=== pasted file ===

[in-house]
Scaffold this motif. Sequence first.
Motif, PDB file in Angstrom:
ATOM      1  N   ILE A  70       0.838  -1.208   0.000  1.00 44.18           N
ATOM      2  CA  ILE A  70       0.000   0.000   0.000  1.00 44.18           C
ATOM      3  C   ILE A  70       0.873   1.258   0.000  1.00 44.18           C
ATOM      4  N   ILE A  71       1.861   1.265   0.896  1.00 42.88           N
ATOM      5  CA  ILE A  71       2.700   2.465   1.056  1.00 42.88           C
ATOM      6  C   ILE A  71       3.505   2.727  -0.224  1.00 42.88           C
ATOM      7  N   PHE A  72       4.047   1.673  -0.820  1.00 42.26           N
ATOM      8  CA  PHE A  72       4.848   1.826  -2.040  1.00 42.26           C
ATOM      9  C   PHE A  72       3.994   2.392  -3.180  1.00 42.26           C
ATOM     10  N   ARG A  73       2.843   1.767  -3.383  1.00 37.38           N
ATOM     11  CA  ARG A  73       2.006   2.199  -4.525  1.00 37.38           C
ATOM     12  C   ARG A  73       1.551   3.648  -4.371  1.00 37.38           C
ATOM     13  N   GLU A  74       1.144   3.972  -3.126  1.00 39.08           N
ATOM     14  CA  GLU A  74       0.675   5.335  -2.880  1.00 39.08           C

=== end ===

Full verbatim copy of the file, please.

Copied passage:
[in-house]
Scaffold this motif. Sequence first.
Motif, PDB file in Angstrom:
ATOM      1  N   ILE A  70       0.838  -1.208   0.000  1.00 44.18           N
ATOM      2  CA  ILE A  70       0.000   0.000   0.000  1.00 44.18           C
ATOM      3  C   ILE A  70       0.873   1.258   0.000  1.00 44.18           C
ATOM      4  N   ILE A  71       1.861   1.265   0.896  1.00 42.88           N
ATOM      5  CA  ILE A  71       2.700   2.465   1.056  1.00 42.88           C
ATOM      6  C   ILE A  71       3.505   2.727  -0.224  1.00 42.88           C
ATOM      7  N   PHE A  72       4.047   1.673  -0.820  1.00 42.26           N
ATOM      8  CA  PHE A  72       4.848   1.826  -2.040  1.00 42.26           C
ATOM      9  C   PHE A  72       3.994   2.392  -3.180  1.00 42.26           C
ATOM     10  N   ARG A  73       2.843   1.767  -3.383  1.00 37.38           N
ATOM     11  CA  ARG A  73       2.006   2.199  -4.525  1.00 37.38           C
ATOM     12  C   ARG A  73       1.551   3.648  -4.371  1.00 37.38           C
ATOM     13  N   GLU A  74       1.144   3.972  -3.126  1.00 39.08           N
ATOM     14  CA  GLU A  74       0.675   5.335  -2.880  1.00 39.08           C